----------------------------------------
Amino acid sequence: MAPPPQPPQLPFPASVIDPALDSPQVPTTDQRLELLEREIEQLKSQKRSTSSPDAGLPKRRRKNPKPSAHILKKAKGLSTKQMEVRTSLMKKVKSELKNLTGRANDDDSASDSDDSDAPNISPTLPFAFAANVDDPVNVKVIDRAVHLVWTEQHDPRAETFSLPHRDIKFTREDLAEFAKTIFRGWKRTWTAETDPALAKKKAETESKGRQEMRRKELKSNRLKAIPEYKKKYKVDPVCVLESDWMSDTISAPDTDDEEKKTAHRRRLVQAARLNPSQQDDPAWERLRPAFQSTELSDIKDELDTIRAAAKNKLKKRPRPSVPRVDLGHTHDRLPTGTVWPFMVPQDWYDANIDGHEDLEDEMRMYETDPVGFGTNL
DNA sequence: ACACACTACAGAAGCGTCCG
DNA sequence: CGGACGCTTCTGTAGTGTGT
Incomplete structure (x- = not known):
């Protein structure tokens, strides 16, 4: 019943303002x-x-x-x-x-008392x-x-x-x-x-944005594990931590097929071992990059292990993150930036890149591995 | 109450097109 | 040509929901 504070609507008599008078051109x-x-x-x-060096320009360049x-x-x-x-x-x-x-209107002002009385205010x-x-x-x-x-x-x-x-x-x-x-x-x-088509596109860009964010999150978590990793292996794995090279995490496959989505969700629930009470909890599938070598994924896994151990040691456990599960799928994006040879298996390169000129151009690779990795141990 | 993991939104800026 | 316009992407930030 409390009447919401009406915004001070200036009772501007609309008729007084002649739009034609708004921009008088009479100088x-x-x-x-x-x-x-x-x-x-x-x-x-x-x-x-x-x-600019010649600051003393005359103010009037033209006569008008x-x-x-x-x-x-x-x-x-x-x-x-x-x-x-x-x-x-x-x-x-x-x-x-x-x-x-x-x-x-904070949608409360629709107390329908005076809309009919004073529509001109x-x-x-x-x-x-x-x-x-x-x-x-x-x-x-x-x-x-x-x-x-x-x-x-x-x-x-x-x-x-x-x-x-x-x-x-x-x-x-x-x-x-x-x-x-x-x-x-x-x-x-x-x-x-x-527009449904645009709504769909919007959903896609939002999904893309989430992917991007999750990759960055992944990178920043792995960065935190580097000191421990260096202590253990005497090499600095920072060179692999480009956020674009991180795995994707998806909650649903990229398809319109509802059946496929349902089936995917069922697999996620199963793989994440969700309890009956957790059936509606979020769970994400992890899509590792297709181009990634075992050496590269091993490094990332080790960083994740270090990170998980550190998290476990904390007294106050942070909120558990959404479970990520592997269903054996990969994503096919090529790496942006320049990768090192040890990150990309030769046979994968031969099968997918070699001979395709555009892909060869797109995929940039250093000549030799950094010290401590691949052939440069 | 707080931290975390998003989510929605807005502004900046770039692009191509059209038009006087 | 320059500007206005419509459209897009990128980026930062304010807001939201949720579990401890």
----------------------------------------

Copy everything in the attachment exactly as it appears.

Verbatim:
Amino acid sequence: MAPPPQPPQLPFPASVIDPALDSPQVPTTDQRLELLEREIEQLKSQKRSTSSPDAGLPKRRRKNPKPSAHILKKAKGLSTKQMEVRTSLMKKVKSELKNLTGRANDDDSASDSDDSDAPNISPTLPFAFAANVDDPVNVKVIDRAVHLVWTEQHDPRAETFSLPHRDIKFTREDLAEFAKTIFRGWKRTWTAETDPALAKKKAETESKGRQEMRRKELKSNRLKAIPEYKKKYKVDPVCVLESDWMSDTISAPDTDDEEKKTAHRRRLVQAARLNPSQQDDPAWERLRPAFQSTELSDIKDELDTIRAAAKNKLKKRPRPSVPRVDLGHTHDRLPTGTVWPFMVPQDWYDANIDGHEDLEDEMRMYETDPVGFGTNL
DNA sequence: ACACACTACAGAAGCGTCCG
DNA sequence: CGGACGCTTCTGTAGTGTGT
Incomplete structure (x- = not known):
């Protein structure tokens, strides 16, 4: 019943303002x-x-x-x-x-008392x-x-x-x-x-944005594990931590097929071992990059292990993150930036890149591995 | 109450097109 | 040509929901 504070609507008599008078051109x-x-x-x-060096320009360049x-x-x-x-x-x-x-209107002002009385205010x-x-x-x-x-x-x-x-x-x-x-x-x-088509596109860009964010999150978590990793292996794995090279995490496959989505969700629930009470909890599938070598994924896994151990040691456990599960799928994006040879298996390169000129151009690779990795141990 | 993991939104800026 | 316009992407930030 409390009447919401009406915004001070200036009772501007609309008729007084002649739009034609708004921009008088009479100088x-x-x-x-x-x-x-x-x-x-x-x-x-x-x-x-x-x-600019010649600051003393005359103010009037033209006569008008x-x-x-x-x-x-x-x-x-x-x-x-x-x-x-x-x-x-x-x-x-x-x-x-x-x-x-x-x-x-904070949608409360629709107390329908005076809309009919004073529509001109x-x-x-x-x-x-x-x-x-x-x-x-x-x-x-x-x-x-x-x-x-x-x-x-x-x-x-x-x-x-x-x-x-x-x-x-x-x-x-x-x-x-x-x-x-x-x-x-x-x-x-x-x-x-x-527009449904645009709504769909919007959903896609939002999904893309989430992917991007999750990759960055992944990178920043792995960065935190580097000191421990260096202590253990005497090499600095920072060179692999480009956020674009991180795995994707998806909650649903990229398809319109509802059946496929349902089936995917069922697999996620199963793989994440969700309890009956957790059936509606979020769970994400992890899509590792297709181009990634075992050496590269091993490094990332080790960083994740270090990170998980550190998290476990904390007294106050942070909120558990959404479970990520592997269903054996990969994503096919090529790496942006320049990768090192040890990150990309030769046979994968031969099968997918070699001979395709555009892909060869797109995929940039250093000549030799950094010290401590691949052939440069 | 707080931290975390998003989510929605807005502004900046770039692009191509059209038009006087 | 320059500007206005419509459209897009990128980026930062304010807001939201949720579990401890």